Saturday 24 February 2024

A Look At The April Issue Of The Great Outdoors


The April issue of The Great Outdoors is out now. I review six budget fleeces (budget in price, but still good quality) and Columbia's Arch Rock Double Wall Elite Hooded Insulated Jacket. Also in the gear pages Lucy Wallace and James Roddie review four daypacks each and Lucy reviews the Jottnar Women's Fenrir down jacket and James the Bach Apteryx 2 tent. 

I also review Alex Nail's superb photo book The Great Wilderness and Megan Carmichael reviews Annie Worsley's Windswept, which is also excellent.

In the main features Mark Waring describes a backpacking trip in the Tombstone Range in the Yukon Territory in Canada. I was looking forward to this feature as I hiked through the area on my long walk in the Yukon back in 1990 and was interested to hear what it was like now. Mark's excellent story shows that the walking is just as tough as it was back then. Now, though, a permit is required and in some areas tent platforms must be used as the area has become much more popular. Mark's splendid photographs show just how spectacular the Tombstone Mountains are.

There are more wonderful photographs in Jess Jones' photo essay on wildlife and in James Roddie's skills piece on how to spot 7 wonders of the mountains such as cloud inversions and alpenglow.

On Dartmoor Alex Roddie walks the Dartmoor Way with local mountain leader Emily Woodhouse while they discuss camping and nature. In Wales Ceri Belshaw and Sarah Hall go bikepacking.

This issue has the 2024 TGO Reader Awards winners. A few of my favourites here! 

Creator of the Month is London Wildlife Trust Ranger Lira Valencia. In the Opinion piece Mary-Ann Ochota asks whether paid 'wild camping' can help transform access rights in England and Wales. Jim Perrin's Mountain Portrait is the magnificent Aonach Eagach. Reminiscing about her coastal walk around Britain Emma Schroeder looks at the things she collected from photos of every cliff warning sign and every anti-seagull poster to edible mushrooms that enlivened her dinners.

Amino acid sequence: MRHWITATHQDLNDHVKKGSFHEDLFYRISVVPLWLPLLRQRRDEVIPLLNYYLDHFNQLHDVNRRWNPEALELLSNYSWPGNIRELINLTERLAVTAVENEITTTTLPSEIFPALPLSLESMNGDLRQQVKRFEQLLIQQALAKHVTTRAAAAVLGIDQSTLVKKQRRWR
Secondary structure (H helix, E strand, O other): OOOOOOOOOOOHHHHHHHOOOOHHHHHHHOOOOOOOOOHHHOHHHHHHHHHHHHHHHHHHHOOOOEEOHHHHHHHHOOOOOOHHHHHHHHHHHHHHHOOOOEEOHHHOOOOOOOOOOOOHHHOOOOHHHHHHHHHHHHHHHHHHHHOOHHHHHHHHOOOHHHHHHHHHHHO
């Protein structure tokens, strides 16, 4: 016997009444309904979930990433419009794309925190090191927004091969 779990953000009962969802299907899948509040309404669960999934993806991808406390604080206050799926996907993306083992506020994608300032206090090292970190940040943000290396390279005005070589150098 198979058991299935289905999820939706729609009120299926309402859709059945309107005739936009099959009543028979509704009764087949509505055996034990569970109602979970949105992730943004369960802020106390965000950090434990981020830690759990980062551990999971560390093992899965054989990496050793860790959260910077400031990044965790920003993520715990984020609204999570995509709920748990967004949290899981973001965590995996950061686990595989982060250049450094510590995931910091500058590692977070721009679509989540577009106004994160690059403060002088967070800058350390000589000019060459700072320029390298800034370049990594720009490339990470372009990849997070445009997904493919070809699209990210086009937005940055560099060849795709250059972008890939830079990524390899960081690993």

Wild Walks has a wildlife and nature theme this issue. The walks stretch from the Monadhliath in the Scottish Highlands,  where Ian Battersby watches golden eagles in Strathdearn, to the Jurassic Coast in Devon, where Fiona Barltrop watches beavers. Inbetween these places Alex Roddie visits Ardmore Bay on the Isle of Mull in search of otters and wooded Deuchary Hill in Perthshire in search of beavers, Ian Battersby sees frogs on the Cauldcleuch Head round in the Southern Uplands, Vivienne Crow looks for feral goats on Yeavering Bell in the Cheviot Hills, Francesca Donovan shares Y Garn and Foel-goch in Eryri/Snowdonia with wild ponies, Rich Hartfield looks for wild goats on Rhinog Fawr in Wales, on the Pembrokeshire coast Norman Hadley visits seal pups, and in the Surrey Hills new contributor to Wild Walks Nike Werstroh finds bluebells.


Friday 23 February 2024

Communications in the Hills: Masts or Satellites?

A communications mast is proposed for this area in Abernethy nature reserve.

Since I wrote about the threat to wild land from phone masts last November more and more of them are being proposed. The latest I’ve seen is one planned not far from Ryvoan Bothy on the RSPB’s Abernethy nature reserve. The RSPB has been posting about this on social media and says “the proposed mast would include two wind turbines, a solar array, a backup generator and a short stretch of new track”. The RSPB is concerned it “could have a negative impact on Golden Eagles, Black Grouse and Red-throated Divers”. It would also be a gross intrusion in a beautiful area in the Cairngorms National Park.

A 27.5 metre mast is proposed here in the Monadhliath Wild Land Area